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Jonathan Wilson-Hartgrove

Jonathan Wilson-Hartgrove is an associate minister at St. Johns Baptist Church. A graduate of Duke Divinity School, Jonathan is engaged in reconciliation efforts in Durham, North Carolina, directs the School for Conversion (newmonasticism.org), and is a sought-after speaker and author of several books. The Rutba House, where Jonathan lives with his wife, Leah, their son, JaiMichael, daughter, Nora Ann, and other friends, is a new monastic community that prays, eats, and lives together, welcoming neighbors and homeless. Find out more at jonathanwilsonhartgrove.com.
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  • Cover Girls T.D. Jakes is an internationally beloved pastor and a bestselling author. In Cover Girls, he delivers the story of four women who, though from very different backgrounds, are all struggling with their faith. Michelle wants control, Tonya wants to be able to trust, and Mrs. Judson wants to let down ... Read Book
  • Somebody Owes Me Money Cab driver Chet Conway was hoping for a good tip from his latest fare, the sort he could spend. But what he got was a tip on a horse race. Which might have turned out okay, except that when he went to collect his winnings, Chet found his bookie lying dead on the living room floor. Chet knows he had ... Read Book
  • Ninth House A LOCUS AWARD FINLIST! “Bardugo’s latest is a must-listen, introducing a haunting, Yale-based occult world populated with gloriously complicated characters… A win-win-win, honestly.” — Paste, best audiobooks of 2019 From #1 New York Times bestselling author Leigh Bardugo comes a ... Read Book
  • Lady’s Dream Lady, suffocating in the car on a hot summer’s day, slips into a feverish dream. Robert, her husband, watches her slip into unconsciousness as he drives. He’s a soldier, a man of principle, well-educated and well-adjusted. But Robert is also a man with an agenda; he has married this young, wild ... Read Book
  • The Theory and Practice of Time Travel This nonfiction essay, first published in Vertex in April 1973, discusses the grandfather paradox and the many uses, implications, and limits of teleportation, from personal transportation to interstellar travel. Read Book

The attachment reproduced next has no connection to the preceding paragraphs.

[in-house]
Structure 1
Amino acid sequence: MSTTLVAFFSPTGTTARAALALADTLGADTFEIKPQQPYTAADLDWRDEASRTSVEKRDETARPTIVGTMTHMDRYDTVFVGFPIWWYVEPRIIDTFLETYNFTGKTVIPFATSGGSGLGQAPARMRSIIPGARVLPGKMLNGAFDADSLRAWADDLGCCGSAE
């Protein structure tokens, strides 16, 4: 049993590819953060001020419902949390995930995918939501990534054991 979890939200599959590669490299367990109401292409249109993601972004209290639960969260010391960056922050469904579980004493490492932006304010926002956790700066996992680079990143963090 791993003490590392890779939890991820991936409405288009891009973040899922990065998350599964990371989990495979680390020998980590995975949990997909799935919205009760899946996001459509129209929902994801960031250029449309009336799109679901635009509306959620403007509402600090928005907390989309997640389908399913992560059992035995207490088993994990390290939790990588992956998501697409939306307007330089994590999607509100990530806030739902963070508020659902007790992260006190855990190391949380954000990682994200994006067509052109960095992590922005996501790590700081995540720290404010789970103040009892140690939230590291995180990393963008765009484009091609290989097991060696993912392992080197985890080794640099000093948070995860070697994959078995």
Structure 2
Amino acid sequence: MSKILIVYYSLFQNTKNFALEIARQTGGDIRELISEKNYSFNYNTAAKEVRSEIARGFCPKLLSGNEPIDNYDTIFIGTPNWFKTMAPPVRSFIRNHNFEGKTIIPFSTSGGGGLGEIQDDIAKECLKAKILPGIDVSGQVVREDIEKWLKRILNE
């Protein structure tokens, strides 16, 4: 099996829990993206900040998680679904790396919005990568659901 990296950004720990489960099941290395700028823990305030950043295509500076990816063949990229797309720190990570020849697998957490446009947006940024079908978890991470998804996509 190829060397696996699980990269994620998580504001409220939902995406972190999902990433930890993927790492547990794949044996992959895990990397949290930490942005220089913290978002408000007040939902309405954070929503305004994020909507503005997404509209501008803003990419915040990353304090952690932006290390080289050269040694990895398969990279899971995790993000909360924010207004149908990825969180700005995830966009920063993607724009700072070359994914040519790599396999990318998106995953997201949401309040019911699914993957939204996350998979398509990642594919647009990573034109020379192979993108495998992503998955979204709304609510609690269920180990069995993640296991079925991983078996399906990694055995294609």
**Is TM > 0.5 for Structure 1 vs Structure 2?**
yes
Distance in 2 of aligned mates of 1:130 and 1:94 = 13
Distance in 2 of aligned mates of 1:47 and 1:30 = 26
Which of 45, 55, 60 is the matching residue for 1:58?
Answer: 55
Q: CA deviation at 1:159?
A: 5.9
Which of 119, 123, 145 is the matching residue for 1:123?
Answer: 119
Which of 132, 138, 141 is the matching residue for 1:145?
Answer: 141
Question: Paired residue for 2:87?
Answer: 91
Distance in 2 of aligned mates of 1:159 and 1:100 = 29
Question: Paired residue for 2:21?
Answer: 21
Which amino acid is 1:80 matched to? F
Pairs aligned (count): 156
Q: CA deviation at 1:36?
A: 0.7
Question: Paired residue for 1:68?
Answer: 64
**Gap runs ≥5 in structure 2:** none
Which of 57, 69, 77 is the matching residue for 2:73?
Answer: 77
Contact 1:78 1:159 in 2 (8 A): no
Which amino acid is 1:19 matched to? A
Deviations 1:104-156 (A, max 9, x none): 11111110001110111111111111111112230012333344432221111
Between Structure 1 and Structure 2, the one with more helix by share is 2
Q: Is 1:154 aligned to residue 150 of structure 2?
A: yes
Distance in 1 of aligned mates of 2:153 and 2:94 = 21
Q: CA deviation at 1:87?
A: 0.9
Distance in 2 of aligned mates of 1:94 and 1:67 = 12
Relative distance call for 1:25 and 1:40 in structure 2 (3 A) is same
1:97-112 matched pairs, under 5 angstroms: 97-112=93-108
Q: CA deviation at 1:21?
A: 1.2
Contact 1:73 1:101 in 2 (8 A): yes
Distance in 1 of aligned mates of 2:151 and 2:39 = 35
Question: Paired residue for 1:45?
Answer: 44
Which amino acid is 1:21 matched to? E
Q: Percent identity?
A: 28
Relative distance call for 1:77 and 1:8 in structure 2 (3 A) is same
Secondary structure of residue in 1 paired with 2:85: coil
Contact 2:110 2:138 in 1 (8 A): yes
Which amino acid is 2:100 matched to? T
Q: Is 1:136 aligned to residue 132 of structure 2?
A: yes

• It’s All Greek to Me Award-winning author Katie MacAlister’s romances are a frequent sight on both the New York Times and USA Today best-seller lists. In It’s All Greek to Me, billionaire Iakovos Papaioannou hooks up with a woman who’s nothing like the beauties he normally dates. Iakovos is awestruck by the ... Read Book
  • The Strong, Silent Type Best-selling author C. Kelly Robinson’s books have received praise from such esteemed publications as Essence, Publishers Weekly, and the Chicago Sun-Times. Here he delivers a story about two people who find comfort with one another while struggling to overcome life’s obstacles. Deacon Davis ... Read Book
  • Black Moses The first biography of soul pioneer Isaac Hayes, whose groundbreaking music provided the foundation for hip-hop and a new racial paradigm. Within the stoned soul picnic of Black music icons in the ’60s and ’70s, only one could bill himself without a blush as Moses, demanding liberation for ... Read Book

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    Sonnets from the Portuguese is comprised of forty-four sonnets. Robert Browning used to call his wife “the Portuguese,” which is why she chose this title. She spent much of her life ill and frail, and she never expected to find love.

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  • Spirits in Bondage: A Cycle of Lyrics So pitifully does man’s lonely soul shudder in the face of this cosmic purpose, so awful is the weight and anguish, The lengthy, material chain weights heavily. From one cause to the next, too brutal for hatred, The ceaseless march of destiny, -from “Dungeon Grates” Because his ... Read Book
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  • Pygmalion Two old gentlemen meet in the rain one night at Covent Garden. Professor Higgins is a scientist of phonetics, and Colonel Pickering is a linguist of Indian dialects. The first bets the other that he can, with his knowledge of phonetics, convince high London society that, in a matter of months, he ... Read Book
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  • John Gabriel Borkman There’s a reason why “John Gabriel Borkman,” Henrik Ibsen’s penultimate play, is rarely performed. Loaded with family melodrama and short on the blistering social criticism of earlier works such as “Ghosts” and “A Doll’s House,” the piece can ... Read Book
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  • Poems on various subjects, religious and moral This collection, published in 1773, puts together several of Wheatley’s greatest essays addressed to personalities of the day. She writes vivid poems to academic institutions, military officials, and even the King of England, as well as lines addressing numerous issues, giving condolences, ... Read Book

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